MAS Context: Analog (first edition here) will gather a group of emerging and established practitioners within the field of design who will discuss their work based on proposed themes. The event will include presentations by artists, academics, architects, urban designers, graphic designers and industrial designers including Jimenez Lai, Sean Lally, David Brown, David Rueter, John Pobojewski, Sara C. Aye & George Aye, Andrew Clark, David Sieren & Sam Rosen, Ed Marszewski, Marc Fisher, Claire Warner & Sam Vinz, and Dieter Roelstraete. It will also feature an onsite bookstore by Half Letter Press, a publishing imprint and an experimental online store initiated by Temporary Services. The presentations will be followed by a closing party that will include a DJ set by Dieter Roelstraete.
The event is free and open to the general public, and it is an all-day event so feel free to stop by anytime or plan to stay all day, listen to the presentations, check the exhibition, buy publications, connect with other designers, make donations for the artists or play gymnastics in perfect replicant fashion. That’s up to you. Just come for a while.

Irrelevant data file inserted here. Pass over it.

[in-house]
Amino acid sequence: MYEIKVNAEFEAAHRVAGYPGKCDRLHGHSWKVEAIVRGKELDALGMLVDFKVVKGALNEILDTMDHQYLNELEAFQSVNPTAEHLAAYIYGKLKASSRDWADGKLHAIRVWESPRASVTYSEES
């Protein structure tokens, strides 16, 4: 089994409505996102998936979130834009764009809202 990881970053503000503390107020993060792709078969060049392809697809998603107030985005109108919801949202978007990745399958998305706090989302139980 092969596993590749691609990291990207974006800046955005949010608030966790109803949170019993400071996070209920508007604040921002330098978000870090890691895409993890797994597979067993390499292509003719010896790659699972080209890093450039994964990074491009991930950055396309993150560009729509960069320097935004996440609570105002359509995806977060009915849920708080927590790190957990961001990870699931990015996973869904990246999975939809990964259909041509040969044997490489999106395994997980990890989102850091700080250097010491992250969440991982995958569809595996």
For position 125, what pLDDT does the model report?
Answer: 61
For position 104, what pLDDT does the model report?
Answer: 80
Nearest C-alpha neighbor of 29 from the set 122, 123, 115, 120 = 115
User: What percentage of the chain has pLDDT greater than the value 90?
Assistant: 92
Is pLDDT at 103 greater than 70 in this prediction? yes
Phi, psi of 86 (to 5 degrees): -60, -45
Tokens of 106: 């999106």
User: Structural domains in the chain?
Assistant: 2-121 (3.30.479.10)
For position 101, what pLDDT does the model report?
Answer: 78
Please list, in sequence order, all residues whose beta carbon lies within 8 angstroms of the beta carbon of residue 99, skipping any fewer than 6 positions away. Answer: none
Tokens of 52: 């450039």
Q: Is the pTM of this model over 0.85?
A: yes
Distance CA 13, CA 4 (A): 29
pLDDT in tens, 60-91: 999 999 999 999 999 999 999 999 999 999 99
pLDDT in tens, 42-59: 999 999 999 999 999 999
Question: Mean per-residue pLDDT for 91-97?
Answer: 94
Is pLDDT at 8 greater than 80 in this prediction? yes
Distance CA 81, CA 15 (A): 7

The event will be housed by NEW PROJECTS, an urban design studio, research center, and exhibition space in Chicago directed by Marshall Brown and Stephanie Smith. You can find more information about NEW PROJECTS here. It is located at 3621 South State Street, close to the 35th-Bronzeville-IIT train stop (CTA Green Line), the Sox/35th train stop (CTA Red Line) and the 35th/’Lou’ Jones/Bronzeville train stop (Metra Rock Island District). The space is also accessible via the #29 (State) bus route. Use Google maps to find your route. We encourage the use of public transportation, bicycles, and walking. Street parking is limited in the area.
As usual, a big thank you to Iker Gil, editor of MAS Context and one of the most productive people I know, for taking the time to organize everything and pushing me to crawl out of my cave.
Check the schedule and more information of the event here.
September 17, 2012
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But today we collect Gags [and gigs, and schticks]
Gropius wrote a book on grain silos,
Le Corbusier one on aeroplanes,
and Charlotte Periand brought
a new object to the office every morning,
But today we collect ads.[i]